Manuel Infanterie

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Hierarchical Path: War of the Spanish Succession (Main Page) >> Armies >> French Army >> Manuel Infanterie

Origin and History

Up to the reign of Louis XIV, to the exception of the Gardes Suisses, no Swiss regiment had been maintained on a permanent basis in the French Army. They usually served for four years before being sent back home and replaced by new units. In 1671, Louis XIV charged Pierre Stuppa, a captain nin his Gardes Suisses, to negotiate with the Swiss Cantons the creation and cession of four regiments. Contracts were signed on 14 August of the same year. The four regiment arrived in France at the beginning of 1672 and were admitted in the French service on 17 February. The present regiment (12 companies of 200 men each) had been raised in Berne and was always composed of inhabitants of this city.

In 1672, at the beginning of the Franco-Dutch War (1672-78), the new regiment immediately joined the Army of the Netherlands and took part in the siege of Nijmegen. In 1673, it was at the siege of Maastricht and in 1674, at the Battle of Seneffe. In 1675, it was transferred to Roussillon where it participated in the siege and capture of Bellegarde. In 1676, it garrisoned Bellegarde. In 1677, it took part in the Combat of Espouilles and in 1678, in the siege of Puigcerdà before returning to France.

In 1684, the regiment served at the siege of Luxembourg.

In 1688, at the outbreak of the Nine Years' War (1688-97), the regiment returned to Roussillon. In 1689, it took part in the capture and defence of Campredon. In 1690, a detachment of grenadiers of the regiment defeated a party of migueletes near Loscot. In 1691, the entire regiment took part in the storming of Seu d’Urgell; in 1693, in the capture of Roses; in 1694, in the Battle of Torroella and in the sieges of Palamos, Girona, Ostalrich and Castelfollit. In 1695, one battalion occupied Ostalrich while the two others relieved Castelfollit. In 1697, the entire regiment took part in the siege of Barcelona.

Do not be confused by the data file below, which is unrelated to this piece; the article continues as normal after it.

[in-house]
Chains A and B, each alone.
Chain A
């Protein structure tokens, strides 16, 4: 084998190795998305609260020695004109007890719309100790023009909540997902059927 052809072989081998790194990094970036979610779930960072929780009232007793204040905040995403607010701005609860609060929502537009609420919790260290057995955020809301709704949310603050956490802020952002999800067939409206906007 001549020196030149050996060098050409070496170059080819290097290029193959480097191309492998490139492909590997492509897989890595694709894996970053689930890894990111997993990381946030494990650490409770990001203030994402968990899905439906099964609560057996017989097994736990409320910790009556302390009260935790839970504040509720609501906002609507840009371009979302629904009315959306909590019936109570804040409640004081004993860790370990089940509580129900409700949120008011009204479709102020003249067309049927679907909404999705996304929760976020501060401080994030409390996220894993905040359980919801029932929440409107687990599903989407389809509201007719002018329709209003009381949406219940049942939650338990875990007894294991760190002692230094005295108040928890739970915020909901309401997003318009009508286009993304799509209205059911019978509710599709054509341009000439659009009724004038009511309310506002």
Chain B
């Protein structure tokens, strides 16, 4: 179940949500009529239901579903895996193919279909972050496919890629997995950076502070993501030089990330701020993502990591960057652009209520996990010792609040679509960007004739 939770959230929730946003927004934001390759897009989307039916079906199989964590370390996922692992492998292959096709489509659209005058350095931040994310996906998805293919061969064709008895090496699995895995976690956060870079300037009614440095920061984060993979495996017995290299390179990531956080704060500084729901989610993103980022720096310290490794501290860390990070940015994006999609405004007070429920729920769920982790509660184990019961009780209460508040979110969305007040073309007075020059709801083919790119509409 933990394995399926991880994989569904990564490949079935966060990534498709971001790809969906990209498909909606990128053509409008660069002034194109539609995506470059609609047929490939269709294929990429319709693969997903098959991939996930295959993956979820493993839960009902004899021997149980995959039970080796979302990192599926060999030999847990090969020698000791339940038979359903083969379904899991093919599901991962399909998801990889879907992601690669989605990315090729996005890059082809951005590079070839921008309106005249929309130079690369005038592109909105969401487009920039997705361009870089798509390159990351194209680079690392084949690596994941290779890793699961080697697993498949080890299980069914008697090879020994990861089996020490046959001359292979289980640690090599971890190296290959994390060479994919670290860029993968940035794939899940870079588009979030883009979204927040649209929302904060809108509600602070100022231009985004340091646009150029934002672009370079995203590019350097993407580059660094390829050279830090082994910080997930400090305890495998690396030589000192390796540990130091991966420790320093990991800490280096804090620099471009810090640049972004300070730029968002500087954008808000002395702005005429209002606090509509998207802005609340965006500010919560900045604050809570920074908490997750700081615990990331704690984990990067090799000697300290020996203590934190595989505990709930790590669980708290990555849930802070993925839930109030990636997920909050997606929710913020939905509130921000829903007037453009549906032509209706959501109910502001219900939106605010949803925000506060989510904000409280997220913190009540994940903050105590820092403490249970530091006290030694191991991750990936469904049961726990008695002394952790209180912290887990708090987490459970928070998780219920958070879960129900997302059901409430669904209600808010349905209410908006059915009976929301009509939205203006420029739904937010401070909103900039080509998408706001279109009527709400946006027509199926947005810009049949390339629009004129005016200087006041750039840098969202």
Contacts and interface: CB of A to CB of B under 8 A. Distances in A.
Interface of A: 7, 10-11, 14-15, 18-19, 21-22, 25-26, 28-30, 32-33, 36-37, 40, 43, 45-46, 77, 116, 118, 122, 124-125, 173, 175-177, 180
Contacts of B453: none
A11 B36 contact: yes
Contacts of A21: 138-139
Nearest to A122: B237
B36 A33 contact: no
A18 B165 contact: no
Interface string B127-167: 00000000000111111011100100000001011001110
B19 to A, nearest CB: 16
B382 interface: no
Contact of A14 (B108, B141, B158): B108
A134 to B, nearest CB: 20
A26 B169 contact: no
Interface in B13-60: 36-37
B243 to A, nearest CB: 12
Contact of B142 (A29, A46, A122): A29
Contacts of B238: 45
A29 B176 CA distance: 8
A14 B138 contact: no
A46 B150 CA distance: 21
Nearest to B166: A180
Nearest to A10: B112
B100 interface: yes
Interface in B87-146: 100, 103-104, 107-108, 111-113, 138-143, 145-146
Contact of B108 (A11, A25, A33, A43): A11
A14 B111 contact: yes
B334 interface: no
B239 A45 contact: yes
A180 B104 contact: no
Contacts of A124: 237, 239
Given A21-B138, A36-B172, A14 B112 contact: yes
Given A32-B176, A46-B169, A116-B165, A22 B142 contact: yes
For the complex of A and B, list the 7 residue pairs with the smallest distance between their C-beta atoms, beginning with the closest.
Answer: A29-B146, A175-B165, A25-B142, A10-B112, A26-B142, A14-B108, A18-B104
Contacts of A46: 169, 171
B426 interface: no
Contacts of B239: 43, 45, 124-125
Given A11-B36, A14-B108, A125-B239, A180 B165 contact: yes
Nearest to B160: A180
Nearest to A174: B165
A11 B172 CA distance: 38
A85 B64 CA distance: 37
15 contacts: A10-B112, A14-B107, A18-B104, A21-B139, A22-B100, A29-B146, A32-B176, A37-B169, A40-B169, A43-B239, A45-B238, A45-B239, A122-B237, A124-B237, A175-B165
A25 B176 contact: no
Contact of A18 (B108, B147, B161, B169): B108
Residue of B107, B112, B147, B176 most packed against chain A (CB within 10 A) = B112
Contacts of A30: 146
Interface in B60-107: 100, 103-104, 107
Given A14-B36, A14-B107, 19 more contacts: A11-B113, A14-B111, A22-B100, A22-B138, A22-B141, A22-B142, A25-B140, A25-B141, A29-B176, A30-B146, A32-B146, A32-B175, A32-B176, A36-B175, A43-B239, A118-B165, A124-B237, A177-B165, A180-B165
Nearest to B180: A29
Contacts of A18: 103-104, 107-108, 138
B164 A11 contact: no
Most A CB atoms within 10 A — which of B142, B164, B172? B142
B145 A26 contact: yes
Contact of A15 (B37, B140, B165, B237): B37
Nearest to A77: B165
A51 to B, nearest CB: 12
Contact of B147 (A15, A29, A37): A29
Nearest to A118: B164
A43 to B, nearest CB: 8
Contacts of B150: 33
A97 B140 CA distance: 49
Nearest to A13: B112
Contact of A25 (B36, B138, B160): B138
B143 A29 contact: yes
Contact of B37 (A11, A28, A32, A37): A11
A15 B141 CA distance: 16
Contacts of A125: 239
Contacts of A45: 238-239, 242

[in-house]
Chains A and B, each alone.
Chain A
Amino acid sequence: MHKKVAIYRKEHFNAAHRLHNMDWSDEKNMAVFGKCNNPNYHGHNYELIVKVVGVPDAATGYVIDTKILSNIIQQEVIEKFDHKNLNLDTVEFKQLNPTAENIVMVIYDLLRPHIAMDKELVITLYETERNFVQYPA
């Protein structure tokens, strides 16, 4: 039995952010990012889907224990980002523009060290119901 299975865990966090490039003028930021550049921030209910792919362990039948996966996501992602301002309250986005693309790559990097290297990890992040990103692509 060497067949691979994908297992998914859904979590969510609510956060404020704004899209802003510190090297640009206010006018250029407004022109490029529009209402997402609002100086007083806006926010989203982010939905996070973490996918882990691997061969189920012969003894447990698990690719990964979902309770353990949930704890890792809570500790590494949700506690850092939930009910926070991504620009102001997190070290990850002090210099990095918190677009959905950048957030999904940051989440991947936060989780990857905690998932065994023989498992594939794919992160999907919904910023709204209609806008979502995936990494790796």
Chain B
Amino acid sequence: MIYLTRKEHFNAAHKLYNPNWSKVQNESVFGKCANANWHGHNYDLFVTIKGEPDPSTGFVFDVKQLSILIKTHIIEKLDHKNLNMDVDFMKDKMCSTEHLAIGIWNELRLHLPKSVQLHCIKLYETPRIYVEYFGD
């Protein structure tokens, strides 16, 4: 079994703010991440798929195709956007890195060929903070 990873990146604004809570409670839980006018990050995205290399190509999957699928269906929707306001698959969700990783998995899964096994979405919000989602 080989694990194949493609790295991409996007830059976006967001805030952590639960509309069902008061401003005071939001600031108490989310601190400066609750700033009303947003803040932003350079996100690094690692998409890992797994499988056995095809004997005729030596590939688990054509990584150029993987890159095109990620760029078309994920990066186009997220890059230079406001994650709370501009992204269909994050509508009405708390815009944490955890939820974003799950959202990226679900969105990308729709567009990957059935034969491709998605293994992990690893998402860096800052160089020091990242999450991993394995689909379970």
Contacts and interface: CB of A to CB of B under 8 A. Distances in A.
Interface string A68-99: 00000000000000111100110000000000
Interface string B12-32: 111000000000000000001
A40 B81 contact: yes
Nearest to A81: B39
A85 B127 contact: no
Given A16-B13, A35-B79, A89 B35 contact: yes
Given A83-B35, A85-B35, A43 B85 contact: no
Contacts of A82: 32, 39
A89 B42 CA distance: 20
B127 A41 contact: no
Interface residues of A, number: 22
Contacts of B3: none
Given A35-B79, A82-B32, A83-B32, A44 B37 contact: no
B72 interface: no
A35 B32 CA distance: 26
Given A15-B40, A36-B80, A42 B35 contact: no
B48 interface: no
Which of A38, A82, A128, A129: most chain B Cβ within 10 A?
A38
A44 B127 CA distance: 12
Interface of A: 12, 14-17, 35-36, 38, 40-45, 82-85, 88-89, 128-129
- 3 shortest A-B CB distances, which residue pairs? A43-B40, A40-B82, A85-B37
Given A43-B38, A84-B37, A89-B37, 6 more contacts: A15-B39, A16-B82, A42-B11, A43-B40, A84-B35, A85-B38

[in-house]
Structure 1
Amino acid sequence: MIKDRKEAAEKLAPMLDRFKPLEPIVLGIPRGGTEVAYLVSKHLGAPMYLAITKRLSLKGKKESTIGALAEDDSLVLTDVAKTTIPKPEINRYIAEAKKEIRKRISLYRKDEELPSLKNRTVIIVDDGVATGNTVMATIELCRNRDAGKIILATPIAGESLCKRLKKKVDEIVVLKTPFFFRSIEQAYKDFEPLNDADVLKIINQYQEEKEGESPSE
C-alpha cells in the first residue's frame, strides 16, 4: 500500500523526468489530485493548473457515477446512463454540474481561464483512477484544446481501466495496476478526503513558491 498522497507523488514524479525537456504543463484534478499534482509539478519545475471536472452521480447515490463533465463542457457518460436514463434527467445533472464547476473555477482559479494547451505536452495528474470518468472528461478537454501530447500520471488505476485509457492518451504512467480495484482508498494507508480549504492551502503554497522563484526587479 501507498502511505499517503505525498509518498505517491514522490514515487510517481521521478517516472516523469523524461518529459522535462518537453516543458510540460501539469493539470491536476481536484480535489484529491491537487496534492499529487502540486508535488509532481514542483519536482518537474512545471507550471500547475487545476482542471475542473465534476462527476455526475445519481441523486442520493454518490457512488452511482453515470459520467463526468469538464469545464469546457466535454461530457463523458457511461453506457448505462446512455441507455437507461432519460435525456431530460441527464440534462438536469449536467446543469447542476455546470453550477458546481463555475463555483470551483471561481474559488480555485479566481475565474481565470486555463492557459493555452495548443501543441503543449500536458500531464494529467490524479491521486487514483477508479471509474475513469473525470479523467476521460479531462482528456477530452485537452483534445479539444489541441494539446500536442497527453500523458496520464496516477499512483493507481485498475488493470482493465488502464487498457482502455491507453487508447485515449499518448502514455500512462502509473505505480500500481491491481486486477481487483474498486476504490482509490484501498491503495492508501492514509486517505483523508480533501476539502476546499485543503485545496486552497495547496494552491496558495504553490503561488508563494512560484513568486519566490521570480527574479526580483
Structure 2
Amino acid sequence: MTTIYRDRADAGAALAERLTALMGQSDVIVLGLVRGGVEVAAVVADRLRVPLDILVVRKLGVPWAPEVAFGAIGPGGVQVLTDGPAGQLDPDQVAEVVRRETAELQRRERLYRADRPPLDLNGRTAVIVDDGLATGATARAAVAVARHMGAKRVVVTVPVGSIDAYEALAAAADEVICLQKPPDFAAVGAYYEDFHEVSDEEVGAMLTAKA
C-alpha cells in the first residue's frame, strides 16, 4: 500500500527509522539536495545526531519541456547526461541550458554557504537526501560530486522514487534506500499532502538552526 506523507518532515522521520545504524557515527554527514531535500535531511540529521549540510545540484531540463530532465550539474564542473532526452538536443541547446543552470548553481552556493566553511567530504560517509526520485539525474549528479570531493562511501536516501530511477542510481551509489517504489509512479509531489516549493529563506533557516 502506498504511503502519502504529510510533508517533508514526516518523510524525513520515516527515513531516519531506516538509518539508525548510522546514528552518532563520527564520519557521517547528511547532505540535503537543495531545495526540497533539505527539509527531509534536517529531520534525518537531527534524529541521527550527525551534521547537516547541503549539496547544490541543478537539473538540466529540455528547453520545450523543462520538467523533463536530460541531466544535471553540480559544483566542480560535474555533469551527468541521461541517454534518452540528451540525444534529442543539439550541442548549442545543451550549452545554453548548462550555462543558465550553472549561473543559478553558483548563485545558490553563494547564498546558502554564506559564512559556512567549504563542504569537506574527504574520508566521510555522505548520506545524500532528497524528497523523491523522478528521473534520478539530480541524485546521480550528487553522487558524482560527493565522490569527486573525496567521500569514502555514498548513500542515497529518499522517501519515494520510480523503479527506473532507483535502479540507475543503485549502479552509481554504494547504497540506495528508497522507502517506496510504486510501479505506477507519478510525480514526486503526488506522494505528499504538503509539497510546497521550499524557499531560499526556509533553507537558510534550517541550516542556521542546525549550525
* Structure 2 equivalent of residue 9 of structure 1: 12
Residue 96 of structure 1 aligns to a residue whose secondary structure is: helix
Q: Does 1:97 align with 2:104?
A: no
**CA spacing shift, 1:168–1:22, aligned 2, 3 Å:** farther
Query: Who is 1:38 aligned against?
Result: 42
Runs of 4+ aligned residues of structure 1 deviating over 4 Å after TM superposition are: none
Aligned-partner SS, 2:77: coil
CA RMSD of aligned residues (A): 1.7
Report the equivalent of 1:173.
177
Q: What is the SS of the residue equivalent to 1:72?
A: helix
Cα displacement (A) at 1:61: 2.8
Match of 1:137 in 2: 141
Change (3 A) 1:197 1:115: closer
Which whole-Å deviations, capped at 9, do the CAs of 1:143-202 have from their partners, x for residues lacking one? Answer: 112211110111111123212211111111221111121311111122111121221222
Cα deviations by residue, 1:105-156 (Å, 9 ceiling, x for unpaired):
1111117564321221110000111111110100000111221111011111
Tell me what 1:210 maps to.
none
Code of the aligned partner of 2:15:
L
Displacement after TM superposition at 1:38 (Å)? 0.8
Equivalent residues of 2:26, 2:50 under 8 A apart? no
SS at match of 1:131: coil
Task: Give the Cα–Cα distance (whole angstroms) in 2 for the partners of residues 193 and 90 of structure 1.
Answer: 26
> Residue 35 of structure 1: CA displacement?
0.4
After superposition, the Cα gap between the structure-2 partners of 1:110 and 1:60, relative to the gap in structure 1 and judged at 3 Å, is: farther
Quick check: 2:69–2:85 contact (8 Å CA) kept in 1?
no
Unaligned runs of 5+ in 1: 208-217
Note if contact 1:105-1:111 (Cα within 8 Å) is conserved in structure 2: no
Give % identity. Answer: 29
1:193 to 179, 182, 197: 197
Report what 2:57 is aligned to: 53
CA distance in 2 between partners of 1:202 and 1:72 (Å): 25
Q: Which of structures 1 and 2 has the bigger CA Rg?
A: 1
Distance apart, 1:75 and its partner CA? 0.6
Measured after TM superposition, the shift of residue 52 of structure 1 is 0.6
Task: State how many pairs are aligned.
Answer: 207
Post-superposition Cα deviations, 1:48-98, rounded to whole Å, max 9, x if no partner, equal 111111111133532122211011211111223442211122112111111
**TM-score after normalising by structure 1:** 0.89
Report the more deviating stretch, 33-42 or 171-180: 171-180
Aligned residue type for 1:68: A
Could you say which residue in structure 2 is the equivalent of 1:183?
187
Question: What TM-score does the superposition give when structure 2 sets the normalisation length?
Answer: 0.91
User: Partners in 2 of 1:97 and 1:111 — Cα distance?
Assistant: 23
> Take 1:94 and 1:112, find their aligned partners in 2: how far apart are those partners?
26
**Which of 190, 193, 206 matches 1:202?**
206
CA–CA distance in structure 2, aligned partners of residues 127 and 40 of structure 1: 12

By the time of the War of the Spanish Succession, the regiment counted three battalions.

During the War of the Spanish Succession, the regiment was commanded by:

  • from 17 January 1701 to 9 May 1728: Charles de Villars-Chandieu

Service during the War

In 1701, the regiment joined the Army of Flanders.

In 1702, the regiment took part in the combat of Nijmegen.

In 1703, the regiment fought in the Battle of Ekeren.

In 1704, the regiment campaigned between the Rhine and the Moselle. On 8 August, it was under the walls of Namur in the corps of the Marquis de Bedmar.

On 23 May 1706, the regiment took part in the Battle of Ramillies.

On 11 July 1708, the regiment was at the Battle of Oudenarde where it fought with great courage. Captain Henry Leisler was killed during this battle. The two first battalions then threw themselves into Ghent while the third went to Lille where it took part in the defence of the place under Boufflers. Two assaults were repulsed with considerable losses. After three months of siege, the situation had become unbearable and an important breach had been created in the fortifications. On 8 December, Louis XIV formally ordered to surrender the place. The army marched out of Lille with the honours of war.